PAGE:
n Algernon Charles Swinburne's poem "Before a Crucifix," the speaker addresses an old, weathered crucifix to which the poor offer up their prayers and sorrows. The use of satire and parody in Swinburne's poem strongly reflects his condemnation of the Catholic church. Swinburne emphasizes the political implications of religion, arguing that the corrupt and oppressive Church subjugates the poor. Swinburne is strongly opposed to the ideas of kinship and privilege and advocates a "republican" freedom. The preeminence of Christ and His Church become the speaker's target in his conversation with the crucifix. The speaker accuses Christ of wanting to be worshipped as the savior of mankind when his passion and death have not brought salvation to the suffering masses. From the speaker's perspective, Christ's good intentions are in actuality cruelties, because his suffering and captivity set the example that justifies and perpetuates the oppression of the poor. They see their daily suffering reflected in images of a bleeding, crying Christ and accept their lot rather than challenge it. High on his cross, Christ has crowned himself the king of suffering. The Speaker argues that if he really intended to free the poor, he would come down from his cross and cast aside his crown of thorns:
"O son of man, beneath man's feet
Cast down, O common face of man
Whereon all blows and buffets meet,
O royal, O republican
Face of the people bruised and dumb
And longing till thy kingdom come! . . .
The soldiers and the high priests part
Thy vesture: all thy days are priced,
And all the nights that eat thine heart.
And that one seamless coat of Christ,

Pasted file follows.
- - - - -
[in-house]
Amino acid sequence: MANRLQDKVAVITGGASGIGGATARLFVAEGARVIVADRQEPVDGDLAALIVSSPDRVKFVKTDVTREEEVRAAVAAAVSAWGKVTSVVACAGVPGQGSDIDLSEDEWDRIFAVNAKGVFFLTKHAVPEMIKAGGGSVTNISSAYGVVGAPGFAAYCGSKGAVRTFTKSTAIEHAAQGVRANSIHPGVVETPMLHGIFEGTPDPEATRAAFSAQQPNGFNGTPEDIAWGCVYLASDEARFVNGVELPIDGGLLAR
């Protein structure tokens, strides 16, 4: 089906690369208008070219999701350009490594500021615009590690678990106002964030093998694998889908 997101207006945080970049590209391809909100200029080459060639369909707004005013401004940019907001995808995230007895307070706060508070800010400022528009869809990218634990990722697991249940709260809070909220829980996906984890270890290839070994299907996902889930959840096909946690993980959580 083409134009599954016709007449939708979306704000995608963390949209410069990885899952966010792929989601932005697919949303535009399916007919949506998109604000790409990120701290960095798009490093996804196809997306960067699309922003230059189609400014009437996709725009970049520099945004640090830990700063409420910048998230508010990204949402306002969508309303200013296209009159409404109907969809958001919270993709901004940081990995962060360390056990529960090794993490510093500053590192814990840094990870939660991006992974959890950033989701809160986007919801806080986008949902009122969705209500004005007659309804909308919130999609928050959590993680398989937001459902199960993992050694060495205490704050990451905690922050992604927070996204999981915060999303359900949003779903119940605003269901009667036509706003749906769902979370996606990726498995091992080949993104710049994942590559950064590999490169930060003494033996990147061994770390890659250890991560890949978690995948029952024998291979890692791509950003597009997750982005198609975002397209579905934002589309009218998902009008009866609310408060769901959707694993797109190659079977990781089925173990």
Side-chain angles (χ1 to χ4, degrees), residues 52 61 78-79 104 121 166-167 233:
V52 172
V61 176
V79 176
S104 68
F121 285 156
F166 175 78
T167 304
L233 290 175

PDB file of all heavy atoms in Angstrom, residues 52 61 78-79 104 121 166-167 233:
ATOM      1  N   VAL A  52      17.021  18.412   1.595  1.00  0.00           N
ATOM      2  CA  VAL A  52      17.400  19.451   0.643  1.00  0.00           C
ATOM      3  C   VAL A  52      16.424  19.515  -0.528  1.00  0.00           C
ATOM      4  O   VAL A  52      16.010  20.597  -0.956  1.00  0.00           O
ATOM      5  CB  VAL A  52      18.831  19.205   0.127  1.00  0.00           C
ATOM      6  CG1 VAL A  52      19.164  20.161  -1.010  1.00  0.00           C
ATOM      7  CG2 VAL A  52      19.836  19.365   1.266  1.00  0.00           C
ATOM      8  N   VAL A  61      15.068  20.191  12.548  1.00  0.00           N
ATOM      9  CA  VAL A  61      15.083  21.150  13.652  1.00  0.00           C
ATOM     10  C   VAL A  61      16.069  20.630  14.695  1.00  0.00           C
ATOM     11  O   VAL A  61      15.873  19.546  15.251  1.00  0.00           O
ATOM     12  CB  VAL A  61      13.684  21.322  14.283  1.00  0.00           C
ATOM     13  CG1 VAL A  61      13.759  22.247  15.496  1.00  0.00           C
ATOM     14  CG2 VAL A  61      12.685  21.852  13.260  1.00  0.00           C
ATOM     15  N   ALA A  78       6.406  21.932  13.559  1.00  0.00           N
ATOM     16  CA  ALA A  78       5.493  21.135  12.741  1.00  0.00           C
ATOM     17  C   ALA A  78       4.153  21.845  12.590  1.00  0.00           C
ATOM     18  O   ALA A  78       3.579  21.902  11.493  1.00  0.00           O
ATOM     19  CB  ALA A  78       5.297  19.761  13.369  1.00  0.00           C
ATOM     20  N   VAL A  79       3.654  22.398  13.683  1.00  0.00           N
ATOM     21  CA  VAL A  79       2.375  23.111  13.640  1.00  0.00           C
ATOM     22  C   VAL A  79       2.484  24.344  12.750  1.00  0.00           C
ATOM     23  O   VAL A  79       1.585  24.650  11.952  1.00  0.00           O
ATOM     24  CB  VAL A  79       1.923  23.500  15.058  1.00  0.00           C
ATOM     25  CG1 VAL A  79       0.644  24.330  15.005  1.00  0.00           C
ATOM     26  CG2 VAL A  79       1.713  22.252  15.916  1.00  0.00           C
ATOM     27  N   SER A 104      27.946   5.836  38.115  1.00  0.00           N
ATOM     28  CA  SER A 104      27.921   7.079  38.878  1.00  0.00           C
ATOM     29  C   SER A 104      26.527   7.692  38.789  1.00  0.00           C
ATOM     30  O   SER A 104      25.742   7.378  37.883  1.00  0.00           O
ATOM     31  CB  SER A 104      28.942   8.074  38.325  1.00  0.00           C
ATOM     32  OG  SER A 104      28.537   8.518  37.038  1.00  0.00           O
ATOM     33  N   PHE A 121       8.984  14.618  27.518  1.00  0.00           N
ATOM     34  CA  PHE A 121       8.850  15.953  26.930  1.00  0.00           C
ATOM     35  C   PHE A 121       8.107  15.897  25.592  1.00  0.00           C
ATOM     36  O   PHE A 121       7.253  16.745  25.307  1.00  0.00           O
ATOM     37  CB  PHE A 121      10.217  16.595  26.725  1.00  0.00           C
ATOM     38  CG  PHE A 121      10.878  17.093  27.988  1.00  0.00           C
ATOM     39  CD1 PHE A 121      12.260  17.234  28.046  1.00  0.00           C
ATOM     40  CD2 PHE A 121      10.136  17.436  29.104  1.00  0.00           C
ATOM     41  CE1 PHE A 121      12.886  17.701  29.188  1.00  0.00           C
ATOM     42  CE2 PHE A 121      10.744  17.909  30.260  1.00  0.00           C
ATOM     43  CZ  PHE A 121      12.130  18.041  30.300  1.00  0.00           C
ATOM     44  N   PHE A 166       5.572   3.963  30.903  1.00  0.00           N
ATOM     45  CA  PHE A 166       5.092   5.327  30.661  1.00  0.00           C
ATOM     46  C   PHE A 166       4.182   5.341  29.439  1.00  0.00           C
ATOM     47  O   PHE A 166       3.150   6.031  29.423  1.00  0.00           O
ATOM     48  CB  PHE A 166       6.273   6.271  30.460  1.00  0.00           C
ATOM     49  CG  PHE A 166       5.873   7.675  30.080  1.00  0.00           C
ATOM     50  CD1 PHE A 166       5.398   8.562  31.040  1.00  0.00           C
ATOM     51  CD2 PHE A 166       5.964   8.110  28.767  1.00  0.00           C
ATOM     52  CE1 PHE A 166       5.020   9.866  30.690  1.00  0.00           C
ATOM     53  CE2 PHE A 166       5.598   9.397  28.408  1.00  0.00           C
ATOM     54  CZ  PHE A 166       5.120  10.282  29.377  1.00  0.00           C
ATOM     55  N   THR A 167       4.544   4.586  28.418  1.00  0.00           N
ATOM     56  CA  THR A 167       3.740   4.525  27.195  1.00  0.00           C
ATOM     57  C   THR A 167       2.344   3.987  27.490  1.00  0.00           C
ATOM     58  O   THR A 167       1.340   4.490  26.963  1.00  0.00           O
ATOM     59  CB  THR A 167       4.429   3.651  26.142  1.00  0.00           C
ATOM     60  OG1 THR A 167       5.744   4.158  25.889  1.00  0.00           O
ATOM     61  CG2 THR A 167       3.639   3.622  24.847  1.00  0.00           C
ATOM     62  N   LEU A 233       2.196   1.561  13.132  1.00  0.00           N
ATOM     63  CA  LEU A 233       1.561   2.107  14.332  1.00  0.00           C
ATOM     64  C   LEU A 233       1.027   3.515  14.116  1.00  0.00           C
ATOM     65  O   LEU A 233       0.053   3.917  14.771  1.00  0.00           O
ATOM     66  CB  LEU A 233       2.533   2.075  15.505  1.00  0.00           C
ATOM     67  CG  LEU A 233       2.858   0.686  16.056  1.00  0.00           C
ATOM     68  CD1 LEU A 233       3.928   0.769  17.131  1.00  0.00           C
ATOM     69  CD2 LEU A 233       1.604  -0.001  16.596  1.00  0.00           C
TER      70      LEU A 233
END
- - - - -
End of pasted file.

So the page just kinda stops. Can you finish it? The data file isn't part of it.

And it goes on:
The freedom of the natural soul,
They cast their lots for to keep whole.
No fragment of it save the name
They leave thee for a crown of scorns
Wherewith to mock thy naked shame
And forehead bitten through with thorns
And, marked with sanguine sweat and tears,
The sweat of eighteen hundred years.
And we seek yet if God or man
Can loosen thee as Lazarus,
Bid thee rise up republican
And save thyself and all of us;
But no disciple's tongue can say
When thou shalt take our sins away.
Why does the speaker refer to the image he is addressing as being "beneath man's feet" when it is clearly raised up on a crucifix? In the speaker's address, what does his juxtaposition of "royal" and "republican" imply?
The speaker emphasizes that Christ's stately divinity in the minds of men will soon pass. In what ways does this poem recall the attitudes expressed in "Hymn to Prosperine"?
Kingship is a recurrent image in this poem. How does Swinburne consider Christ in relation to the monarchy? What is the effect of the pun, "crown of scorns"? The speaker emphasizes that the Christ which he is addressing is dumb, deaf and blind in a frozen state of continual suffering. According to the speaker, what is Christ's greatest fault?
What is the tone of this poem? Is there more to it than blatant sarcasm? Is the sarcasm directed more at Christ or the Church's misuse of Christ's life, death and message?
Last modified 10 November 2003